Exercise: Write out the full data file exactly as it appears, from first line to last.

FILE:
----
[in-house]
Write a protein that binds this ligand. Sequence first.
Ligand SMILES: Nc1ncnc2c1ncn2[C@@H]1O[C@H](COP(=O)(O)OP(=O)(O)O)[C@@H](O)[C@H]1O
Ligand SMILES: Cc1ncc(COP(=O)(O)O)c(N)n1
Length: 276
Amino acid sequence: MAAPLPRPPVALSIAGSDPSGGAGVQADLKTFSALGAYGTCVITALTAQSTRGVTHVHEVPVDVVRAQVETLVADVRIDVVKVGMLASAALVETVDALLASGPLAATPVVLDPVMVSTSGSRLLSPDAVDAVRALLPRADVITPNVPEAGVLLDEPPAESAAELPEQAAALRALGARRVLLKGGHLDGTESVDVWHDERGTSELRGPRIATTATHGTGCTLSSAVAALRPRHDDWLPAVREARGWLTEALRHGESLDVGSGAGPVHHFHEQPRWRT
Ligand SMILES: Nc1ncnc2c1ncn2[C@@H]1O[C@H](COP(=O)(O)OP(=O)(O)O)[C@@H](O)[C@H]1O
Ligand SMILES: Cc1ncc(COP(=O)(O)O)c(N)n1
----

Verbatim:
[in-house]
Write a protein that binds this ligand. Sequence first.
Ligand SMILES: Nc1ncnc2c1ncn2[C@@H]1O[C@H](COP(=O)(O)OP(=O)(O)O)[C@@H](O)[C@H]1O
Ligand SMILES: Cc1ncc(COP(=O)(O)O)c(N)n1
Length: 276
Amino acid sequence: MAAPLPRPPVALSIAGSDPSGGAGVQADLKTFSALGAYGTCVITALTAQSTRGVTHVHEVPVDVVRAQVETLVADVRIDVVKVGMLASAALVETVDALLASGPLAATPVVLDPVMVSTSGSRLLSPDAVDAVRALLPRADVITPNVPEAGVLLDEPPAESAAELPEQAAALRALGARRVLLKGGHLDGTESVDVWHDERGTSELRGPRIATTATHGTGCTLSSAVAALRPRHDDWLPAVREARGWLTEALRHGESLDVGSGAGPVHHFHEQPRWRT
Ligand SMILES: Nc1ncnc2c1ncn2[C@@H]1O[C@H](COP(=O)(O)OP(=O)(O)O)[C@@H](O)[C@H]1O
Ligand SMILES: Cc1ncc(COP(=O)(O)O)c(N)n1